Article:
Enforcement of suspended orders – Law Society response to the CPRC
The Society’s Housing Law Committee has responded to a consultation by the Civil Procedure Rule Committee (CPRC) on proposals to clarify the process for enforcing suspended orders following the Court of Appeal’s judgment in Cardiff City Council v Lee (Flowers) .
Housing practitioners will be aware that in this case the court held it was common ground that the claimant landlord ought to have sought permission to apply for the issue of a warrant following the process in CPR 83.2. The rule states that a 'relevant writ or warrant' (which includes a warrant of possession) must not be issued without the permission of the court in any of the circumstances specified in CPR 83.2(3)(a)-(f).
The CPRC consultation sought views from practitioners on whether amendments were required to rules and forms in light of the judgment.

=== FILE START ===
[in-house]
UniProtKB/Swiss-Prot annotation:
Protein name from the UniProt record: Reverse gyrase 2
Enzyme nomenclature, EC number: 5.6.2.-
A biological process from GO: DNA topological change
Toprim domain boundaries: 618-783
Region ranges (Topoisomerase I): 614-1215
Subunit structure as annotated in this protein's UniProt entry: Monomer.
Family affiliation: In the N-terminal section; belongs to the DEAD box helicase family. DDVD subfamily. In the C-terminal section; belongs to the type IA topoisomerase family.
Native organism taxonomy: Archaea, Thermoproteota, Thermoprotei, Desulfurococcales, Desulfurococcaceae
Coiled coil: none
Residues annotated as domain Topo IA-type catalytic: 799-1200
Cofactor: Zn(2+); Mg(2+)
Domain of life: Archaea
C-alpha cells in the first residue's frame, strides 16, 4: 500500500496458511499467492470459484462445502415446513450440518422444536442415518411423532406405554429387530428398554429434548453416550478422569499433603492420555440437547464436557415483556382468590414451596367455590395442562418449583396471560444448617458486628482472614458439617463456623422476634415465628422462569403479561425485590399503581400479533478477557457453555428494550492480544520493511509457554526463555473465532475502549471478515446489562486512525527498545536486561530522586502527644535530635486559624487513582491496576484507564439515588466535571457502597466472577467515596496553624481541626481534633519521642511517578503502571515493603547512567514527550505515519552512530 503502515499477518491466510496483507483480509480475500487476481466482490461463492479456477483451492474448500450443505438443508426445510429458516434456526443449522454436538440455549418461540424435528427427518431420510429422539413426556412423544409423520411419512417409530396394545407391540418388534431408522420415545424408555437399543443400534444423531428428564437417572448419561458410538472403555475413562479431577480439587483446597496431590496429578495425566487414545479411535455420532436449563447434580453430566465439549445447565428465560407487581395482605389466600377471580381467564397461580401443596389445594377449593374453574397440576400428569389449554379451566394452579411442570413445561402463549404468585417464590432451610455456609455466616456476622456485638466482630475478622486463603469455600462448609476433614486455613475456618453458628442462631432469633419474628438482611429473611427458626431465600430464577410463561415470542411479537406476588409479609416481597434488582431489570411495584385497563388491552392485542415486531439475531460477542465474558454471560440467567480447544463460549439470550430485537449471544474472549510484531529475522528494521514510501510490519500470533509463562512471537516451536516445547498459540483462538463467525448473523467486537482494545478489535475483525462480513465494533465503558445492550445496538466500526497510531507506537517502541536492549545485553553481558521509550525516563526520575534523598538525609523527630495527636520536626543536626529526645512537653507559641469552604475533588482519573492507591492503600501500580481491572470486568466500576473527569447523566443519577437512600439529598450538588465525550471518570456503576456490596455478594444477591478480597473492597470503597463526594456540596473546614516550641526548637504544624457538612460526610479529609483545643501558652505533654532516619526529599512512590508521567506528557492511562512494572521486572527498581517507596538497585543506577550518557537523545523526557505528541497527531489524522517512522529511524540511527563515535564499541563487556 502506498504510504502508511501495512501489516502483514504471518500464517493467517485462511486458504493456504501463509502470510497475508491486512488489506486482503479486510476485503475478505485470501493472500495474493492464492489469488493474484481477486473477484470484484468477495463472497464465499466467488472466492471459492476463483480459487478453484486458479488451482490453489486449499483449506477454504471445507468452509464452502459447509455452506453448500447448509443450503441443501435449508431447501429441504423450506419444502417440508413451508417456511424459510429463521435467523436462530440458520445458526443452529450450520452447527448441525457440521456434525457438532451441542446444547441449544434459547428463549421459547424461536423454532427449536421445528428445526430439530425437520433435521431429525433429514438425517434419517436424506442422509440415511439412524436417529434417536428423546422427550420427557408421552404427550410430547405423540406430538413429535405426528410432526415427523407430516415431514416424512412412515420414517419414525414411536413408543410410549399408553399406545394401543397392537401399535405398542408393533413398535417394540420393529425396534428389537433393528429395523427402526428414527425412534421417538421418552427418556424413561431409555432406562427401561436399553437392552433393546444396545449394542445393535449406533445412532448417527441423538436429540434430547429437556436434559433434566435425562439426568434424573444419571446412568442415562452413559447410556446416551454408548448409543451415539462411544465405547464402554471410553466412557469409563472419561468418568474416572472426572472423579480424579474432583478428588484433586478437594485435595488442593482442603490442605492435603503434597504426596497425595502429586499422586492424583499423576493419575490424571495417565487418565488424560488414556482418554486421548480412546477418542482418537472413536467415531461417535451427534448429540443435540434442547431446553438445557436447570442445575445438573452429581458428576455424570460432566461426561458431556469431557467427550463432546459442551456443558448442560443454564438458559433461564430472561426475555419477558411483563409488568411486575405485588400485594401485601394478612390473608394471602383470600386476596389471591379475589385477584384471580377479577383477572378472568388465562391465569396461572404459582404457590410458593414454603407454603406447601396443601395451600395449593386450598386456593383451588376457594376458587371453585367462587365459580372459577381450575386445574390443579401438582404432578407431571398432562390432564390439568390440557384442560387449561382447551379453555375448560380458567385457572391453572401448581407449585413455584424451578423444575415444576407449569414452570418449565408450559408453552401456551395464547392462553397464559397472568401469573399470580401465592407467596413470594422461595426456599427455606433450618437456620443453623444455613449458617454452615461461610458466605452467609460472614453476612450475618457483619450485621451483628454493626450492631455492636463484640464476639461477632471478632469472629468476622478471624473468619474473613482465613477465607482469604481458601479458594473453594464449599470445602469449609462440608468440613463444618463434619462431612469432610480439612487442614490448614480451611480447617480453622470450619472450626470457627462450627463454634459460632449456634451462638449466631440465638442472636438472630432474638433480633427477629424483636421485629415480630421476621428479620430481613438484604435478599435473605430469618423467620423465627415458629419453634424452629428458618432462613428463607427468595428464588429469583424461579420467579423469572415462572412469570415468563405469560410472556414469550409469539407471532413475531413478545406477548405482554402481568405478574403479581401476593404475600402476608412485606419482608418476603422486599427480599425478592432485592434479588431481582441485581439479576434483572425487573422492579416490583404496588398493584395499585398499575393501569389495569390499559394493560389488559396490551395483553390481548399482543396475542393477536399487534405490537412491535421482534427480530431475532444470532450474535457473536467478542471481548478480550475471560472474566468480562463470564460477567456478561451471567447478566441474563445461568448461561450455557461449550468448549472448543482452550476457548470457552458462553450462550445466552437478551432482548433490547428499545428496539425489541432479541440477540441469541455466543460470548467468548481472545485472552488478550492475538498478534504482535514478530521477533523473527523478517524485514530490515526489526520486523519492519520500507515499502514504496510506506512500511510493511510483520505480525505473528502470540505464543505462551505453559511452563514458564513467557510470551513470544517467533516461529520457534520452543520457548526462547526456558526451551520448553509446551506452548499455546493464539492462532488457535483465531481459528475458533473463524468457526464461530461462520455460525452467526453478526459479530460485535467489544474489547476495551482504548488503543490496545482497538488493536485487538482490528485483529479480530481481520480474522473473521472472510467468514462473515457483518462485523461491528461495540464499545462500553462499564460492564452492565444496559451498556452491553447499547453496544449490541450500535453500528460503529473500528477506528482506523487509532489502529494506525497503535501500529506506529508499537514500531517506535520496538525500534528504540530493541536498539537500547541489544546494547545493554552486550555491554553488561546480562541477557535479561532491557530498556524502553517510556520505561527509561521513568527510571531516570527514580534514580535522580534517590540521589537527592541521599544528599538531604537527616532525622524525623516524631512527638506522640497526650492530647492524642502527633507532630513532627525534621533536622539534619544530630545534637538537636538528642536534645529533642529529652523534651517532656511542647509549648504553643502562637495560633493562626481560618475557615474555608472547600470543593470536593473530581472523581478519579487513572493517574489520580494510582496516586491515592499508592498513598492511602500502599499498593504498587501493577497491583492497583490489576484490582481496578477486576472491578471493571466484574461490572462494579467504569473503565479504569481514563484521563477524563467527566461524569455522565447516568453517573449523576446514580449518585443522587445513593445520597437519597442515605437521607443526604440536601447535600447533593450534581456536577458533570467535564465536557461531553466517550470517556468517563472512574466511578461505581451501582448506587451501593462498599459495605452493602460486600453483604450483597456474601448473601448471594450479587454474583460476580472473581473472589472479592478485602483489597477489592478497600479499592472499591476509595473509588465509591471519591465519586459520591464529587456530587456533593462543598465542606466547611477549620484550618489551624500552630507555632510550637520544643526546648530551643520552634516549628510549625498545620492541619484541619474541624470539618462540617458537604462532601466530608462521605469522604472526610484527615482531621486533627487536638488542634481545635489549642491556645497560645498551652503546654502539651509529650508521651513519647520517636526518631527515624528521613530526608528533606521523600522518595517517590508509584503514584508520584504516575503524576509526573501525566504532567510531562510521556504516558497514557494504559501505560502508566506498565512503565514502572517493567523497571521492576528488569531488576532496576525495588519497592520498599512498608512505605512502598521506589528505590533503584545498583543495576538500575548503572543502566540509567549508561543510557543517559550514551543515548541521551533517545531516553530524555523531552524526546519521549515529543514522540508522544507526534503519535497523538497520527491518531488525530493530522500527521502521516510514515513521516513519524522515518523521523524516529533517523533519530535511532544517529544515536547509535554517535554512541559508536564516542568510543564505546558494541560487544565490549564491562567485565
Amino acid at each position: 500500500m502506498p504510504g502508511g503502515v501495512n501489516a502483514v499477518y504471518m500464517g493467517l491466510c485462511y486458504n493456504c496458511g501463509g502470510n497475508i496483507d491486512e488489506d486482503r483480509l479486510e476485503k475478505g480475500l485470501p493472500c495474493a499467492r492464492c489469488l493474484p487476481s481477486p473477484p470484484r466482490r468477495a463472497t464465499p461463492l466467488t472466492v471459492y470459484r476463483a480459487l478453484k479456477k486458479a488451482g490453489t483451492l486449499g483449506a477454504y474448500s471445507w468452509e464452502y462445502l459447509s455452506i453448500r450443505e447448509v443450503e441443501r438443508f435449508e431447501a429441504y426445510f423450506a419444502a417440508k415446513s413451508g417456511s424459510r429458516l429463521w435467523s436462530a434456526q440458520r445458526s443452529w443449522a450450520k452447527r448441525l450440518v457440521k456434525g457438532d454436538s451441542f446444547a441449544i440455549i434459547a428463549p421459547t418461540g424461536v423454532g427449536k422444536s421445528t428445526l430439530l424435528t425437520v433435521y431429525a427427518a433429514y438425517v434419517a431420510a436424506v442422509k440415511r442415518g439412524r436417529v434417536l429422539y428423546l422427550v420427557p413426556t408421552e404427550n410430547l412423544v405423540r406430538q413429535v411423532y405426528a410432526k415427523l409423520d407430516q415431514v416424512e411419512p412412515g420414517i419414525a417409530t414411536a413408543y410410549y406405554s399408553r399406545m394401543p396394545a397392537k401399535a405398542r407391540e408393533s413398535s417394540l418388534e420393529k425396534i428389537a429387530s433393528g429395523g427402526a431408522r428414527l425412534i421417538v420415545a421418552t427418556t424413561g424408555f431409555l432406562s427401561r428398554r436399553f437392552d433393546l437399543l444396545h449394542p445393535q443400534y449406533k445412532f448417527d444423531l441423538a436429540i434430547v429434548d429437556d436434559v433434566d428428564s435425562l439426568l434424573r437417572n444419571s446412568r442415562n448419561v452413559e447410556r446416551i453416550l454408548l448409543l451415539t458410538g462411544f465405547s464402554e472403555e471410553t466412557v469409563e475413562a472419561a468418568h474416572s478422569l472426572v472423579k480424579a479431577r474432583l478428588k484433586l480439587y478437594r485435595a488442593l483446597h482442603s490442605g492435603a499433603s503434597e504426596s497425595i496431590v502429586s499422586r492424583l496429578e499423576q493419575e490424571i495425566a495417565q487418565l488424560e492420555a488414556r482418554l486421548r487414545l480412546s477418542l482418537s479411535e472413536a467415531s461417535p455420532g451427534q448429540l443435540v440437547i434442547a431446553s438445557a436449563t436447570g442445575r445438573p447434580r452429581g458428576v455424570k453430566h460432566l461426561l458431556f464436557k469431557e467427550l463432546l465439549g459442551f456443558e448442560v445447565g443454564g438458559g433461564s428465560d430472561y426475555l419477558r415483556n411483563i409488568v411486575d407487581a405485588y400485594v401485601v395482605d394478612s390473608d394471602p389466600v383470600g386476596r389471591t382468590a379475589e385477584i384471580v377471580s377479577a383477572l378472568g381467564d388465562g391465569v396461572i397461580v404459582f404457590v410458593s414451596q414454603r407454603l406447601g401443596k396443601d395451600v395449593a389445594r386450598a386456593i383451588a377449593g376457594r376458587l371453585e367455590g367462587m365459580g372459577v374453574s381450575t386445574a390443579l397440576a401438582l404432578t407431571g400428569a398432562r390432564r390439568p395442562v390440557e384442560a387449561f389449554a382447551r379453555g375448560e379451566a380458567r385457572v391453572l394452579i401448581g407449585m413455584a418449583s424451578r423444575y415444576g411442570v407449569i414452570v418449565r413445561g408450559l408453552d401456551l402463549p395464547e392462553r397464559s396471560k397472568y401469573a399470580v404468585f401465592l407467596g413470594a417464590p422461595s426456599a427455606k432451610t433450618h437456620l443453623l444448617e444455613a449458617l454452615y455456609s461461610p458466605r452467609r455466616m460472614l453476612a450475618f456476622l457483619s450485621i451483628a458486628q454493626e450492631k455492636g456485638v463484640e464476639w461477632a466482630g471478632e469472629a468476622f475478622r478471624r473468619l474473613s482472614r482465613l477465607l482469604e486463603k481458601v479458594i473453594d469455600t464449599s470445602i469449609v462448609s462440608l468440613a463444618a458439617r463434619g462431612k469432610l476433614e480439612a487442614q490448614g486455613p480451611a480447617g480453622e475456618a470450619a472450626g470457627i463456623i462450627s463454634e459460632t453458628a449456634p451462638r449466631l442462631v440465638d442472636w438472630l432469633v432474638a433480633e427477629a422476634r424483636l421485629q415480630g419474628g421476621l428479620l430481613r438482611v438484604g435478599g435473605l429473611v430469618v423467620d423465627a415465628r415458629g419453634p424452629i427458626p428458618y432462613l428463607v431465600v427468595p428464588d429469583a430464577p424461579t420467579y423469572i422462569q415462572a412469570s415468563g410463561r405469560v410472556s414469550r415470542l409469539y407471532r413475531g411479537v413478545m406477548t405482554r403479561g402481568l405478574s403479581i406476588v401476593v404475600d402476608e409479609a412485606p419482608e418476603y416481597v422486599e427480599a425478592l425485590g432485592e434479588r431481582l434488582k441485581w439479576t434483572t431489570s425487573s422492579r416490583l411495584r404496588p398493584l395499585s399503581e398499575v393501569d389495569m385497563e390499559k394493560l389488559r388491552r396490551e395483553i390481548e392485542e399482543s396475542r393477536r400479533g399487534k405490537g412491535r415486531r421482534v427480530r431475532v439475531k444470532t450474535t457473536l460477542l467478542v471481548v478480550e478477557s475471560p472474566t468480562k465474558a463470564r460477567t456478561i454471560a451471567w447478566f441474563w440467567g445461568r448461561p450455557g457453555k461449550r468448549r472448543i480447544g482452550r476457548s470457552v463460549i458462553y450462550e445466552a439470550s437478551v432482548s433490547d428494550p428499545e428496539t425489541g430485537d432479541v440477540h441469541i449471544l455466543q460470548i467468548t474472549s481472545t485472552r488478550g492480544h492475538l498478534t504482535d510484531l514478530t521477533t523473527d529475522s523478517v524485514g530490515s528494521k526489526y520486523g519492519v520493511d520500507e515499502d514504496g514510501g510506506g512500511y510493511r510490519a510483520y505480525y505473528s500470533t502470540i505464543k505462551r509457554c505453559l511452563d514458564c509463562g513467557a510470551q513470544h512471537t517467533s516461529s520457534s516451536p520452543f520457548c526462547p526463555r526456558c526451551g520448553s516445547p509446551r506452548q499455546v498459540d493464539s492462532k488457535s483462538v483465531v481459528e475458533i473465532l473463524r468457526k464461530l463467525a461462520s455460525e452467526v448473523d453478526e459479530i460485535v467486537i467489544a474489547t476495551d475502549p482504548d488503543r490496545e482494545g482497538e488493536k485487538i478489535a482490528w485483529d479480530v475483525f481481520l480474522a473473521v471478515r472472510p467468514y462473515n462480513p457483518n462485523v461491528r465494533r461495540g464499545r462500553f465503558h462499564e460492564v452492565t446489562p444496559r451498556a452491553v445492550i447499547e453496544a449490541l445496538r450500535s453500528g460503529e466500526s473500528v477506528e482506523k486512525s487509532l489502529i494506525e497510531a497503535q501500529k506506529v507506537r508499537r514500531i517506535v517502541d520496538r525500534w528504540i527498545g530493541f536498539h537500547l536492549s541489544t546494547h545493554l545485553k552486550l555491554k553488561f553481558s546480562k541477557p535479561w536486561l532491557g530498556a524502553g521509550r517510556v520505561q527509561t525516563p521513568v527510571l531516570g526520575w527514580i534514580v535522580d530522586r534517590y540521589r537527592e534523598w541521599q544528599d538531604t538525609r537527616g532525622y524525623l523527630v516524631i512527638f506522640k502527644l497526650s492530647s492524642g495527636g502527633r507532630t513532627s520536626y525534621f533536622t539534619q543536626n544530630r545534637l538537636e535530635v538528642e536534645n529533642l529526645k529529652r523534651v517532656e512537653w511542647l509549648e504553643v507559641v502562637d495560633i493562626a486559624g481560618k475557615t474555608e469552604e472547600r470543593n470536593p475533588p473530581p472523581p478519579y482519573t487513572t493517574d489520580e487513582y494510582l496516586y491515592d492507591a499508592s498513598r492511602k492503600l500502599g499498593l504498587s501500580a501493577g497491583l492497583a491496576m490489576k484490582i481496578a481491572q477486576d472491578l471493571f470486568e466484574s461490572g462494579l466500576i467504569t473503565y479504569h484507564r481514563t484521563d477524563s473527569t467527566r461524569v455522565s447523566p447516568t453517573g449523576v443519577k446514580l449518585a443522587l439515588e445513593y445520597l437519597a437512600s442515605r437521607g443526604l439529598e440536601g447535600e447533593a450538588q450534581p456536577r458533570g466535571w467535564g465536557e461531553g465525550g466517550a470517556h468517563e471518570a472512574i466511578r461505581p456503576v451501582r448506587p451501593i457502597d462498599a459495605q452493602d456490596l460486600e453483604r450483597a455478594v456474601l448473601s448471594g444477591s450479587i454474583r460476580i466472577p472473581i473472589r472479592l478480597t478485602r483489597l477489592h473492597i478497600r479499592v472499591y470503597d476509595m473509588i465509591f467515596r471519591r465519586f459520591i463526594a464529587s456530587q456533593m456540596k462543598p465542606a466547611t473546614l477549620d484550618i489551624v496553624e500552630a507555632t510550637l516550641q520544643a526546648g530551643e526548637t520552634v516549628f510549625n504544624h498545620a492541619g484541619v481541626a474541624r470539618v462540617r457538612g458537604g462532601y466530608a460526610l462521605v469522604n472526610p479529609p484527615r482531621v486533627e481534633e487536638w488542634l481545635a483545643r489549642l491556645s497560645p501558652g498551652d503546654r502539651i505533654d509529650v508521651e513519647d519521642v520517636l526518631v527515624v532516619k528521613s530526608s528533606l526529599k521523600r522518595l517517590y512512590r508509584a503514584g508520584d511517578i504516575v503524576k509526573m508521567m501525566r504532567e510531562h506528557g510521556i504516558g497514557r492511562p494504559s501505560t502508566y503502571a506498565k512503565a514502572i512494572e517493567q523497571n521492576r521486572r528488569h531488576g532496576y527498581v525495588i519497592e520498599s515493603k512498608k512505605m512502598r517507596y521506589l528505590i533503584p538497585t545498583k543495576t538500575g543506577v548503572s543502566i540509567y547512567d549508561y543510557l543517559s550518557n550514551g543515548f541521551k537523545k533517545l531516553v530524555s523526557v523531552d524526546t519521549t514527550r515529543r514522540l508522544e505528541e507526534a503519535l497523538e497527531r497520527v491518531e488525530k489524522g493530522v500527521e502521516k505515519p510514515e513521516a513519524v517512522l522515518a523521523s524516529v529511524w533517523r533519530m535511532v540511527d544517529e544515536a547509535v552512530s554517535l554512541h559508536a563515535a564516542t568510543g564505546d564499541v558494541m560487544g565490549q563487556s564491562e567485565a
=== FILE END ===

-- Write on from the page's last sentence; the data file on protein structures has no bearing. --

The Society’s response argues that a permission stage in enforcement provides a useful safeguard to often vulnerable defendants and must therefore apply to all suspended orders. However, judicial scrutiny must be careful not to discourage claimants agreeing to suspended orders in the first instance. The response therefore also recommends simplifying the process to issue a warrant and suggests that permission could be decided on the papers, rather than requiring a full hearing.